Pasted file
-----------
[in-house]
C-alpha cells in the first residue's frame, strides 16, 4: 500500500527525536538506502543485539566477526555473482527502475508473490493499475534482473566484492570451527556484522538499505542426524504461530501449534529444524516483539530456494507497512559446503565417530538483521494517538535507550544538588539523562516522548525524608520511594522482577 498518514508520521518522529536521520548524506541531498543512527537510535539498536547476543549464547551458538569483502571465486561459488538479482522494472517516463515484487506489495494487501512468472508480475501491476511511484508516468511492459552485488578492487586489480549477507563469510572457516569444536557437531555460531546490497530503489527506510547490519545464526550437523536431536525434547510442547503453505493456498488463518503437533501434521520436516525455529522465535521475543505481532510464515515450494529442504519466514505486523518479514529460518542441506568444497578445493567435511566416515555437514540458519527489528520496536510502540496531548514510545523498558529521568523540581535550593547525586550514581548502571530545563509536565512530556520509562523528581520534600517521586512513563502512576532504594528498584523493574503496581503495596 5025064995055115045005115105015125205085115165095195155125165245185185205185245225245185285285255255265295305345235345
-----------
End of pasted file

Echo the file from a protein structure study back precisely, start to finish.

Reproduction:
[in-house]
C-alpha cells in the first residue's frame, strides 16, 4: 500500500527525536538506502543485539566477526555473482527502475508473490493499475534482473566484492570451527556484522538499505542426524504461530501449534529444524516483539530456494507497512559446503565417530538483521494517538535507550544538588539523562516522548525524608520511594522482577 498518514508520521518522529536521520548524506541531498543512527537510535539498536547476543549464547551458538569483502571465486561459488538479482522494472517516463515484487506489495494487501512468472508480475501491476511511484508516468511492459552485488578492487586489480549477507563469510572457516569444536557437531555460531546490497530503489527506510547490519545464526550437523536431536525434547510442547503453505493456498488463518503437533501434521520436516525455529522465535521475543505481532510464515515450494529442504519466514505486523518479514529460518542441506568444497578445493567435511566416515555437514540458519527489528520496536510502540496531548514510545523498558529521568523540581535550593547525586550514581548502571530545563509536565512530556520509562523528581520534600517521586512513563502512576532504594528498584523493574503496581503495596 5025064995055115045005115105015125205085115165095195155125165245185185205185245225245185285285255255265295305345235345